An artist’s sketch of the Museum of the Bible, currently under construction. Source.

The following is a guest post by Fiona Greenland.

Last week’s news that Oklahoma-based Hobby Lobby faced civil forfeiture for illegally importing Iraqi antiquities came as no surprise to cultural property experts. The company had been under scrutiny since 2015, when news of the investigation broke. And even before the investigation, scholars, including Roberta Mazza, an ancient historian at the University of Manchester, identified inconsistencies in the provenance histories, or ownership records, of antiquities obtained for Hobby Lobby-backed Museum of the Bible. Equally unsurprising in the wake of the forfeiture announcement were the muddled claims about Hobby Lobby funding ISIS. The forfeited antiquities at the heart of the civil complaint were shipped in late 2010 and early 2011 – prior to the period when ISIS is known to have been associated with archaeological looting in Syria and Iraq. Joel Baden and Candida Moss, two theologians who have closely studied the MoB and Hobby Lobby, rejected the connection in their New York Times editorial on July 6. But the HL-ISIS meme persists, with the frustrating result that the everyday illegal practices of the global antiquities market are overshadowed by ISIS drama.

A lot has been written about Hobby Lobby’s dodgy antiquities deal, and I will defer to the legal experts for analysis of the civil complaint (check out Rick St. Hilaire’s blog). There is good reason to care about this story. The illicit removal of artifacts from archaeological sites destroys information about the objects’ context and history, can damage the artifacts, and is linked with other forms of criminal activity. This is true not just in the Middle East but all over the world. Equally worrisome is the possibility that when a big firm like Hobby Lobby spends big money on antiquities, looters are encouraged to keep digging and dealers are emboldened to sell objects that shouldn’t be on the market in the first place. Those are real problems and yet what I want to focus on here is the rest of the iceberg. Hobby Lobby’s buying power is setting ancient historical studies on a new axis.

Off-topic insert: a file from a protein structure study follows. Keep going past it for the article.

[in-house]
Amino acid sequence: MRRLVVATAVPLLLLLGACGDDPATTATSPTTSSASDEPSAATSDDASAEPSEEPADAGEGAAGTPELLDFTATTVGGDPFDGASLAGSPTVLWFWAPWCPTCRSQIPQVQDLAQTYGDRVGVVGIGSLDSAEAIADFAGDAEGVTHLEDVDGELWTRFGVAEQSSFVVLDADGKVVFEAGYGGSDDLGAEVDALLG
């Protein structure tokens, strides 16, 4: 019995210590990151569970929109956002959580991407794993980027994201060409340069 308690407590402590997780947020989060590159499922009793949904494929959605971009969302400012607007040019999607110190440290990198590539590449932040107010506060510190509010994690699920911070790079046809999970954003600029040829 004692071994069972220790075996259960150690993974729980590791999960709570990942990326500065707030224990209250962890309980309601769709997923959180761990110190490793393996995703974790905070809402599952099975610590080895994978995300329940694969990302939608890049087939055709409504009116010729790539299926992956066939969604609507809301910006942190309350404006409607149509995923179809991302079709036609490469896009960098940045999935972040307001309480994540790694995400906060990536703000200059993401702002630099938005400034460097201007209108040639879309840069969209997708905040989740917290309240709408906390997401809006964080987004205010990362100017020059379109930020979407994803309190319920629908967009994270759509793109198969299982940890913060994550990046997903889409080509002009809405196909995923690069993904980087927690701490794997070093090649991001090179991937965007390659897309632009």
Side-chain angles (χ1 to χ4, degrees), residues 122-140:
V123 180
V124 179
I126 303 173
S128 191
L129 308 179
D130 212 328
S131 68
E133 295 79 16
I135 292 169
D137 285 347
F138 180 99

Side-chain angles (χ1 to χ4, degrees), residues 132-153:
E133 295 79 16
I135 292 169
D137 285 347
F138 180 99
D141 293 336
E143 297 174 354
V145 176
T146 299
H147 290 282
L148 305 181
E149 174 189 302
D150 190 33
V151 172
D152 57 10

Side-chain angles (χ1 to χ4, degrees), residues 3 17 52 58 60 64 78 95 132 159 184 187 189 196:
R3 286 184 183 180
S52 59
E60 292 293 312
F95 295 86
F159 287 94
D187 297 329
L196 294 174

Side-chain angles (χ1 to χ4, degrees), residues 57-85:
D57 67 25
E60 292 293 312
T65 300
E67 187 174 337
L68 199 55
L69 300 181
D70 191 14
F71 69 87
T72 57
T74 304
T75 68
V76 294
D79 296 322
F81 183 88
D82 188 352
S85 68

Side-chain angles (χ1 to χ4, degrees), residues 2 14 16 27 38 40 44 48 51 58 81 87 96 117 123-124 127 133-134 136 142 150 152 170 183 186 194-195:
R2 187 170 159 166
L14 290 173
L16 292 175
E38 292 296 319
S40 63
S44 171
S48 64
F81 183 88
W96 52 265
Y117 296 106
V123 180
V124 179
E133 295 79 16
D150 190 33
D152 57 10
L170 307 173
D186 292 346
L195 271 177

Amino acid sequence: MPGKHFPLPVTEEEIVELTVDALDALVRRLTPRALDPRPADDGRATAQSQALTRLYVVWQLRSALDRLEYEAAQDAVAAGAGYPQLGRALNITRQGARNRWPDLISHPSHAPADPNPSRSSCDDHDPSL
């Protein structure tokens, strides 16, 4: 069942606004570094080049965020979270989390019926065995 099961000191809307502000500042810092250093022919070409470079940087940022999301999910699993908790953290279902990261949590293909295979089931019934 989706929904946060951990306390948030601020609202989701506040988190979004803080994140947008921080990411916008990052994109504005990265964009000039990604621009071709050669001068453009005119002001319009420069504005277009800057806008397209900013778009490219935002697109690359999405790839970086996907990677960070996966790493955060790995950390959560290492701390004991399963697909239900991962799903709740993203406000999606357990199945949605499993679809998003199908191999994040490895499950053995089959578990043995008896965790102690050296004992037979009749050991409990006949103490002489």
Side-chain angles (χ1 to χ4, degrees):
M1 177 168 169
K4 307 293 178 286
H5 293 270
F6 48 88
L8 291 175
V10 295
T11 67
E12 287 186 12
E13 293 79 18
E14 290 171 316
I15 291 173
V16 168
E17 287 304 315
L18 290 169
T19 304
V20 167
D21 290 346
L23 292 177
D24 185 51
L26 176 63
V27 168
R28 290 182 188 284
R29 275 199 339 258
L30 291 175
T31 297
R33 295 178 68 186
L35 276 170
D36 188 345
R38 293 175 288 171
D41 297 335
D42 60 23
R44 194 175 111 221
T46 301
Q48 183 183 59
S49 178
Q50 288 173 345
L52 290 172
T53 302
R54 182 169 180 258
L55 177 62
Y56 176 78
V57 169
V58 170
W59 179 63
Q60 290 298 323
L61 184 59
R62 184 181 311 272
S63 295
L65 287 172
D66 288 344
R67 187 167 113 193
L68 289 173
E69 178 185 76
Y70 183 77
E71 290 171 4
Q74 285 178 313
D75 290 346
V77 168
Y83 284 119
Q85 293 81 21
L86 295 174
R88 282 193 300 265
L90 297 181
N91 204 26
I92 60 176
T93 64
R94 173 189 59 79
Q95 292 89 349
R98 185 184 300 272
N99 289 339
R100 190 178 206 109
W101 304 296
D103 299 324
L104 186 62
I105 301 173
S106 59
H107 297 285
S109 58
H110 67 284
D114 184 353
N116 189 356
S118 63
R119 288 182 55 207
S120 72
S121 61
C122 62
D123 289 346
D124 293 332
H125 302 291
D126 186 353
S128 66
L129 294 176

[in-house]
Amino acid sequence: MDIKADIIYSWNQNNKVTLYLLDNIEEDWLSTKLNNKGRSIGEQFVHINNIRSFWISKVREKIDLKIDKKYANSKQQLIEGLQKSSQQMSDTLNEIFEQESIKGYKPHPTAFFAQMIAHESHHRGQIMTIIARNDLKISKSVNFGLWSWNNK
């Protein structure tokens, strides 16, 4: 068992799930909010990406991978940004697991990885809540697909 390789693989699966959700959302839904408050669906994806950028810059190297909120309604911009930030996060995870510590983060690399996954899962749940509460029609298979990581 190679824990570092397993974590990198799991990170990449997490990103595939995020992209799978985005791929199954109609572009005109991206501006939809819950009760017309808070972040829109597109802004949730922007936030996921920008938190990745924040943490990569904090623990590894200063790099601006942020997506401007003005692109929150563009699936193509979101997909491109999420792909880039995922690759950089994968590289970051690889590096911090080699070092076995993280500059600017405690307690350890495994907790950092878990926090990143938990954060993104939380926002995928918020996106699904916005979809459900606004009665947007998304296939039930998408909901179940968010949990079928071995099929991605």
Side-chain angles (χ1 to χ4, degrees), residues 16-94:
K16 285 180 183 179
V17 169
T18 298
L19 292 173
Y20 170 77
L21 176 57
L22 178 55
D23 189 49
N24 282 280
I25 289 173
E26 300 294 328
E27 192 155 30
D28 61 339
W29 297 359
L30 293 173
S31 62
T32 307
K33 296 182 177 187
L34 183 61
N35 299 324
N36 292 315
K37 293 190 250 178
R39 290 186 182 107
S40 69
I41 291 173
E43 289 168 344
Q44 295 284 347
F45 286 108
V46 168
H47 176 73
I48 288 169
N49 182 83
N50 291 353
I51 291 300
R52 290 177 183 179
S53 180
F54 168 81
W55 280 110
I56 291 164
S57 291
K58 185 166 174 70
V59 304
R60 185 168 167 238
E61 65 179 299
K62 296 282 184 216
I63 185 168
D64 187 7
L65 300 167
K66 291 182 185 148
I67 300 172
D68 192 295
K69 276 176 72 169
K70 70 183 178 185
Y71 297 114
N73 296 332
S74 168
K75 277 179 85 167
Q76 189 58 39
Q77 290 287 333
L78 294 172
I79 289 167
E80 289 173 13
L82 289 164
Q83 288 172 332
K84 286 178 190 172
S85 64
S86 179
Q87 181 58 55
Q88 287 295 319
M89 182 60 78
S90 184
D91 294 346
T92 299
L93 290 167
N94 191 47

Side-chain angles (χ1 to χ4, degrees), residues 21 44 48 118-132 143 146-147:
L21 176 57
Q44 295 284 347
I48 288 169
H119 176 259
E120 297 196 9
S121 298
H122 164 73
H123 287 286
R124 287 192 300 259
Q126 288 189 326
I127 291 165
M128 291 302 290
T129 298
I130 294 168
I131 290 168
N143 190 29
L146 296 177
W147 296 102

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asa blog party: episode xiv, revenge of the blogs

With ASA just a month away, sociologists are setting their sites on Montreal. Apart from scrambling to finish our papers, and struggling to figure out which panels we are supposed to attend, the most important part of prepping for ASA is picking the best parties to attend! In furtherance of that last goal, we at the scatterplot party planning committee are delighted to announce the fourteenth annual blog party, the can’t miss event of the blogger social season. Details:

The 14th Annual Blog Get-Together

Sunday, Aug 13th from 4pm to 7pm

Le Vieux Dublin

636, rue Cathcart, Montreal, about one kilometer from the Palais des Congrès.

Come join us! As Tina put it, “All blog writers, commenters, and readers are welcome, as are folks-who-used-to-write-but-don’t-so-much-anymore-you-know-how-it-goes, lurkers, tweeters, and assorted people who simply would like to come. Please recall that well-behaved sociology faculty will generously purchase a beverage or two for a thirsty graduate student. We may be awkward, but we don’t need to be that awkward.”